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About Dowright

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    Chatty concertinist

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  1. I do not know about Bernie recordings, but I know that her daughter, Holly, has recorded. Maybe, mother and daughter play in the same style. I am pretty sure that Holly is a Senior All-Ireland Champion on concertina and other instrument(s)..
  2. Lachenal Baritone English concertinas. My sample of English Lachenals currently numbers 2702; hopefully, it is pretty representative of the 60,000 plus population. Baritone English represent 2 per cent of total. First baritone in sample is No 10376. First 56-key is No 11356. Of course, both made by "Louis Lachenal" (i.e., before "Lachenal & Co.") Total baritones in the data = 54. a) 16 New Model (12 are 48 key, 1 is 56 key; and 3 are 62 key, 64 key, and 65 key, respectively. b) 7 Inimitable (all 48 key) c) 3 Excelsior (all 48 key) d) 7 Edeophones (5 are 48 key, 1 is a 56 key, and 1 is a 35 key). e) 21 Other (12 are 48 key, 6 are 56 key, and 3 are 35 key). Some of these are probably (a), (b), (c), or (d), but I was not provided fuller descriptions. There is also a 31-key Baritone/Bass. I have no idea what the 35-key ones are like; maybe they really are also Baritone/Bass. (Maybe my friend, Chris, will know more about them.)
  3. nkgibbs, No. 36768 Anglo is tough to date, by I would guess circa 1874. I wish I could be as definite as I am about the ones for Paul Reed, below. Paul Reed, No 1444444 Anglo was made in 1896. No. 53880 Edeophone was made in June 1923. The Anglo certainly was not purchased by a Chinese; they are extremely superstitious about the number "4".
  4. Oberon, It appears to me that your 28 key Anglo Lachenal is serial number 6.116516 Please confirm.
  5. Makt, I am thinking that your saying "fancy brass inlays" indicates that your concertina is an Inimitable model. Can you check it out?
  6. MakT, I cannot do any better than your estimate of circa 1909 for No 49209. This is in a range where I have some seemingly contradicting "evidence." In the past, I commented on caution about confusing a resale date and an original sale date, based on handwritten dates inside the instruments. Something that I think has not been discussed is the confusing of purchase dates and manufacturing dates. Today, there are waiting lists for new concertinas in the quality range of Lachenal. However, Lachenal had an inventory. Picture the following: It is 1913 and you step into the very small showroom at Lachenal headquarters. Directly in front of you is a showcase with several finished Lachenal concertinas. Hanging on the wall behind the case is a large poster showing Dutch Daly, comedian/concertinst. Inside the case is English-system N. 49209 which has been languishing in the showcase since its manufacture in 1909. You asked about 3000+ for the average annual production of Lachena English/Anglo/duet concertinas. That is not a bad guess. In the first decade of the 20th century, the average was about 1500 per year. for English, 1500 per year for Angle. and 170 per year for Crane and Maccann duets combined.
  7. Stephen, I'm surprised that you did not provide the serial number. I think that I can see "1777xx". I'm going to guess that it is "177738" ( circa 1906) which is already in my data.
  8. Jim. I have a note to myself, saying "29000 around 1889". I think 1890 is a good estimate for No 29079. Bills of sale for No. 32620 and No. 32621 are dated 1894 and March 1895, respectively. I think that Lachenal production in the period was about 800 English concertinas per year. So I will go with circa 1890. Merry Christmas. Randy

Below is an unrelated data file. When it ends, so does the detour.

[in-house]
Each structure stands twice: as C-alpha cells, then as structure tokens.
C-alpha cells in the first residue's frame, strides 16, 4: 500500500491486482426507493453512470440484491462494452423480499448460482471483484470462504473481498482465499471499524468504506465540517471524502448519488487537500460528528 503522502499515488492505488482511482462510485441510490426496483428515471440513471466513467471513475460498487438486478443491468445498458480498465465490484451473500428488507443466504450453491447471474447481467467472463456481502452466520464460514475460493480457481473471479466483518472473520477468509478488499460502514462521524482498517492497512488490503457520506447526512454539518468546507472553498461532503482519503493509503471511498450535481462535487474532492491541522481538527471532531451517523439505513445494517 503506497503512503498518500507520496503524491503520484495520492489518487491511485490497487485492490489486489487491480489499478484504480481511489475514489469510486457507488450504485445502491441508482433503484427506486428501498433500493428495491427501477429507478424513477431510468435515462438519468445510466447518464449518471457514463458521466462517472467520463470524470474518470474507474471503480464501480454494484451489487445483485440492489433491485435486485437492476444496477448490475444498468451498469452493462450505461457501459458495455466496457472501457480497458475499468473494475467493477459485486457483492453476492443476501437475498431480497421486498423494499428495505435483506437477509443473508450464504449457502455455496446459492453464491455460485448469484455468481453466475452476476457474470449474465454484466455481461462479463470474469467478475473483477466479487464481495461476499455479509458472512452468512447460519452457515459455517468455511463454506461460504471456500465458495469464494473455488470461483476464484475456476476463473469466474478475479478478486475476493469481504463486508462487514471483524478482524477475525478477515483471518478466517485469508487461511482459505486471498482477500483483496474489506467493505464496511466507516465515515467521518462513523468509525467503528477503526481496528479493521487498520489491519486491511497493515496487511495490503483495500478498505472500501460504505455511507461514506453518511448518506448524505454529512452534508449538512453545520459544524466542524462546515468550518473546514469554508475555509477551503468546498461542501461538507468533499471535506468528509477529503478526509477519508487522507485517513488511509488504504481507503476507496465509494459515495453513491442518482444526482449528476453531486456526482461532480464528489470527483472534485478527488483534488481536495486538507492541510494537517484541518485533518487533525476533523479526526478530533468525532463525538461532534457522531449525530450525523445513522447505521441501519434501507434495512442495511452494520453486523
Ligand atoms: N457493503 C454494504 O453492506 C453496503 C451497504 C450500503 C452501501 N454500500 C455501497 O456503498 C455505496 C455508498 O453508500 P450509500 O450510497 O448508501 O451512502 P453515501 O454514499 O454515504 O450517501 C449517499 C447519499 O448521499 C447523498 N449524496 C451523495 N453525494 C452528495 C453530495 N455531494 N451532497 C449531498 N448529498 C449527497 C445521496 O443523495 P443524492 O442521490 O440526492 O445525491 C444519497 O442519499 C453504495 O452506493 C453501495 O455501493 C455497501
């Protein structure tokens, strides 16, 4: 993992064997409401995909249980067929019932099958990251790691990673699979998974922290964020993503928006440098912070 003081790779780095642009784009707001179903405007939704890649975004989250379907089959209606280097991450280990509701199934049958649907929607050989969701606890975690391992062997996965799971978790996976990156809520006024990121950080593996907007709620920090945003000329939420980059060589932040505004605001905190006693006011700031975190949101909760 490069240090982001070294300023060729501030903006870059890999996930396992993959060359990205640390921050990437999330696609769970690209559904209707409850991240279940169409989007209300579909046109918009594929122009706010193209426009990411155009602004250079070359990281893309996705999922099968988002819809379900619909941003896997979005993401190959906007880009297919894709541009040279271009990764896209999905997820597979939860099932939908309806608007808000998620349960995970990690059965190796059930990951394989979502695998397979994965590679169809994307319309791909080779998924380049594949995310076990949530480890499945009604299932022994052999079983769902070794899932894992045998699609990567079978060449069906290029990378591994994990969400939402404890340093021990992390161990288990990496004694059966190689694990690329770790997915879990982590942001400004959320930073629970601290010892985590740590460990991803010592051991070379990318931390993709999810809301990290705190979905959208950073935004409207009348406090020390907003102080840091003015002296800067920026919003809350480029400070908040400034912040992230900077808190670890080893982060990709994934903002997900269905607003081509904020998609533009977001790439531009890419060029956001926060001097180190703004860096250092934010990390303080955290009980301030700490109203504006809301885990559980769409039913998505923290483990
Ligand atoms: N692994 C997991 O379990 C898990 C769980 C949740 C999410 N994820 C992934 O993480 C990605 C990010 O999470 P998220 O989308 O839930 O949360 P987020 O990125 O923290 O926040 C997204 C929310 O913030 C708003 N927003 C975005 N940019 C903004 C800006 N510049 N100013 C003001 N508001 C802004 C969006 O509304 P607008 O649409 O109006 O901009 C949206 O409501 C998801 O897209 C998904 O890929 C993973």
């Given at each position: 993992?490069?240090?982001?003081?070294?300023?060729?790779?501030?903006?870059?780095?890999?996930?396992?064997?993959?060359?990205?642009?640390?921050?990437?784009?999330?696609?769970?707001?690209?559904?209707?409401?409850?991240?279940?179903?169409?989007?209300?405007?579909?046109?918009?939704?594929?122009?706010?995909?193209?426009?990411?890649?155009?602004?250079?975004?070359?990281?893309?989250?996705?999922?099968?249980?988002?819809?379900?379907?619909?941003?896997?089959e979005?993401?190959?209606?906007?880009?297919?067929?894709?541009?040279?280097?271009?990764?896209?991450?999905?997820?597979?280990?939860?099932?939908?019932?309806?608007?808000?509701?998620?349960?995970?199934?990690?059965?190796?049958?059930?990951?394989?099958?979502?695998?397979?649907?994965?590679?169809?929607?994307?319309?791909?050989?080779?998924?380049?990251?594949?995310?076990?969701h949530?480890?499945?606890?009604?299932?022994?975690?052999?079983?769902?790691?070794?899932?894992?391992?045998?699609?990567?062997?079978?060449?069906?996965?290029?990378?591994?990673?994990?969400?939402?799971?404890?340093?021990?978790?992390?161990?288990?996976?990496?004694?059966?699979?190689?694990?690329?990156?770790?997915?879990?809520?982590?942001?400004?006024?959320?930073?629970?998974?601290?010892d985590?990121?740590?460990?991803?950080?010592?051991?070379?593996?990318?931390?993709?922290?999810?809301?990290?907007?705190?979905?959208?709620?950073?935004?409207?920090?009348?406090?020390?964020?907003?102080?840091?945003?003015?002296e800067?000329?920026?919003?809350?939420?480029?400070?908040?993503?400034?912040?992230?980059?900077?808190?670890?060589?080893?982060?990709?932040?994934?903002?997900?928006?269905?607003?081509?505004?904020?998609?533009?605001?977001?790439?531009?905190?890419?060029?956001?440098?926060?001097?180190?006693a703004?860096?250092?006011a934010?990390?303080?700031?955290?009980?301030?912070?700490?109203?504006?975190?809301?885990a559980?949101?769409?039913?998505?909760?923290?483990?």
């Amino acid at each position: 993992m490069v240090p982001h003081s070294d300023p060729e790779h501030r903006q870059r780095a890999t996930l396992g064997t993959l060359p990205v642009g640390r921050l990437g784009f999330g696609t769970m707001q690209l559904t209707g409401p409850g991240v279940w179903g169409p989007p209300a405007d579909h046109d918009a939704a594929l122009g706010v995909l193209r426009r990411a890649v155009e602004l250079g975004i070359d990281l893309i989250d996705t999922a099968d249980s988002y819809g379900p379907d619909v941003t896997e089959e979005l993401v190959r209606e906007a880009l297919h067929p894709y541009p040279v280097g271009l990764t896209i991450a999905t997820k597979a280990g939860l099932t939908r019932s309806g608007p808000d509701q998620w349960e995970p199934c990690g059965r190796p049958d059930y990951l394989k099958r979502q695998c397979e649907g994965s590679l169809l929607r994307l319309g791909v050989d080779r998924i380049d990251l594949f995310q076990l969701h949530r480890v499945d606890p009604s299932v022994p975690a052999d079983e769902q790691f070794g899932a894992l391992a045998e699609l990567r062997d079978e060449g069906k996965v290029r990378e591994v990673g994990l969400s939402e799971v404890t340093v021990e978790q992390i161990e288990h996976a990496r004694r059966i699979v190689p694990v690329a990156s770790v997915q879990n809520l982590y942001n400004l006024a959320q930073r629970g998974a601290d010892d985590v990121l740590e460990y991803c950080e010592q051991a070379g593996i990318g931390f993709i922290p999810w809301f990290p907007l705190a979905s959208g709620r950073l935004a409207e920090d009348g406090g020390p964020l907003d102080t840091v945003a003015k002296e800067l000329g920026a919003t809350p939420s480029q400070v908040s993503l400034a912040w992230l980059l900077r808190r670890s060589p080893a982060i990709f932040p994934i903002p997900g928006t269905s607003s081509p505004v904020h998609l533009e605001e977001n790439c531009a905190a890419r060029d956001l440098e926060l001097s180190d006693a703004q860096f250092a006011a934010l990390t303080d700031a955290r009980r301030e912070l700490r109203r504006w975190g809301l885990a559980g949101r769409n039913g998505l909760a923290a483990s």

9. Saltwater, I date your No. 46453 to circa 1907. My guess is that it has 56 keys ( which would be the same as No 46455). Right? And it has wood fretwork and metal keys. Right?
  10. Sheila Your Lachenal Edeophone No. 54643 was made circa 1912. [Orignial owner of No. 54626 handwrote 1912 inside. ]
  12. Some months ago, there was an inquiry about the serial numbers for Lachenal Maccann and Crane duet concertinas (I do not cite the posting, since I do not want to embarrass anybody). Someone suggested that the numbering started with a single series for both Maccann and Crane duets, and later was split into separate series for Maccann and Crane instruments. The truth is just the opposite: It started with a single series for Maccanns (John Hill Maccann Patent No. 4752, 12 March 1884). When Cranes were introduced (John Buttersworth Patent No. 21730, 28 September 1896), a separate serial numbering for Cranes was introduced. When the Buttersworth patent (owned by Crane & Sons) expired in 1910, the Cranes and Maccanns series became a single series. In the same year, 1910, Lachenall introduced the Crane/Triumph concertina, and the Salvation Army published their Triumph tutor. The new joint Maccann/Crane series commenced when the Maccann series was at about No. 2700.
  13. Ridiculous price on ETSY. I have a Lachenal tuning bellows that I will sell for US$150 plus shipping. There are two types of Lachenal tuning bellows--single set of tuning slots and double sets of tuning slots. Mine has a single set of tuning slots. As someone indicated, they are very handy when doing some tweaking of an instrument. If interested, please send me a private message.
  14. Sprunghub, I date your No 4062 to circa 1923. For your No 389, I would guess at circa 1902. Even though the Crane had been around for a while, it took quite a while for sales to grow. In 1900, advertisements in magazines (e.g. Penny Illustrated) featured concertinist/comedian Dutch Daly playing a Crane, thereby helping the sales significantly.
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